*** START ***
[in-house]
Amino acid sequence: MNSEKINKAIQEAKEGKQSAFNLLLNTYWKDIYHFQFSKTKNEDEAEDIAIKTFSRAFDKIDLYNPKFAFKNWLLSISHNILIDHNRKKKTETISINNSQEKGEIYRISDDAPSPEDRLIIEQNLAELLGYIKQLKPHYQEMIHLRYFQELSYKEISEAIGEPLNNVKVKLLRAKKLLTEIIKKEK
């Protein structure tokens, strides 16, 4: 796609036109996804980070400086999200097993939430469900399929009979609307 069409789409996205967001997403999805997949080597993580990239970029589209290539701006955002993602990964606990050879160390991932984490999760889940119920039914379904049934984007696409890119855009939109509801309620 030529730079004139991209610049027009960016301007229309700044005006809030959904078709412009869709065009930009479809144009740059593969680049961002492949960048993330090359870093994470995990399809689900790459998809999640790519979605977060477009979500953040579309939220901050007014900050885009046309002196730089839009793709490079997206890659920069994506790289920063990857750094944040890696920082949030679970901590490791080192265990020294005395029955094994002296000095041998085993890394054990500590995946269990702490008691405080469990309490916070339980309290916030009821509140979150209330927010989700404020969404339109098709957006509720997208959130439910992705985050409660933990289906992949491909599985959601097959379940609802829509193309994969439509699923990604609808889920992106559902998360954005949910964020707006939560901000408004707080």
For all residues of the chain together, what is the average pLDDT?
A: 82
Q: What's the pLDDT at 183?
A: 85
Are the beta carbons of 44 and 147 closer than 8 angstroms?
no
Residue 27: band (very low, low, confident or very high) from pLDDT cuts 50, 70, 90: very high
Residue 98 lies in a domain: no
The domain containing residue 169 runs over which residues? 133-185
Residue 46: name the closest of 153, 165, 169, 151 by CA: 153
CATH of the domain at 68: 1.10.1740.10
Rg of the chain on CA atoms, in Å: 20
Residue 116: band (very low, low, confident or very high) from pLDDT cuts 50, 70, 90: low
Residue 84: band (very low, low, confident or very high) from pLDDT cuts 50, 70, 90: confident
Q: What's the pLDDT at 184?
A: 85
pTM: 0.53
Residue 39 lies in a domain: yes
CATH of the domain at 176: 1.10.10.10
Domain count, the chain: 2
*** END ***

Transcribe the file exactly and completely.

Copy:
[in-house]
Amino acid sequence: MNSEKINKAIQEAKEGKQSAFNLLLNTYWKDIYHFQFSKTKNEDEAEDIAIKTFSRAFDKIDLYNPKFAFKNWLLSISHNILIDHNRKKKTETISINNSQEKGEIYRISDDAPSPEDRLIIEQNLAELLGYIKQLKPHYQEMIHLRYFQELSYKEISEAIGEPLNNVKVKLLRAKKLLTEIIKKEK
């Protein structure tokens, strides 16, 4: 796609036109996804980070400086999200097993939430469900399929009979609307 069409789409996205967001997403999805997949080597993580990239970029589209290539701006955002993602990964606990050879160390991932984490999760889940119920039914379904049934984007696409890119855009939109509801309620 030529730079004139991209610049027009960016301007229309700044005006809030959904078709412009869709065009930009479809144009740059593969680049961002492949960048993330090359870093994470995990399809689900790459998809999640790519979605977060477009979500953040579309939220901050007014900050885009046309002196730089839009793709490079997206890659920069994506790289920063990857750094944040890696920082949030679970901590490791080192265990020294005395029955094994002296000095041998085993890394054990500590995946269990702490008691405080469990309490916070339980309290916030009821509140979150209330927010989700404020969404339109098709957006509720997208959130439910992705985050409660933990289906992949491909599985959601097959379940609802829509193309994969439509699923990604609808889920992106559902998360954005949910964020707006939560901000408004707080």
For all residues of the chain together, what is the average pLDDT?
A: 82
Q: What's the pLDDT at 183?
A: 85
Are the beta carbons of 44 and 147 closer than 8 angstroms?
no
Residue 27: band (very low, low, confident or very high) from pLDDT cuts 50, 70, 90: very high
Residue 98 lies in a domain: no
The domain containing residue 169 runs over which residues? 133-185
Residue 46: name the closest of 153, 165, 169, 151 by CA: 153
CATH of the domain at 68: 1.10.1740.10
Rg of the chain on CA atoms, in Å: 20
Residue 116: band (very low, low, confident or very high) from pLDDT cuts 50, 70, 90: low
Residue 84: band (very low, low, confident or very high) from pLDDT cuts 50, 70, 90: confident
Q: What's the pLDDT at 184?
A: 85
pTM: 0.53
Residue 39 lies in a domain: yes
CATH of the domain at 176: 1.10.10.10
Domain count, the chain: 2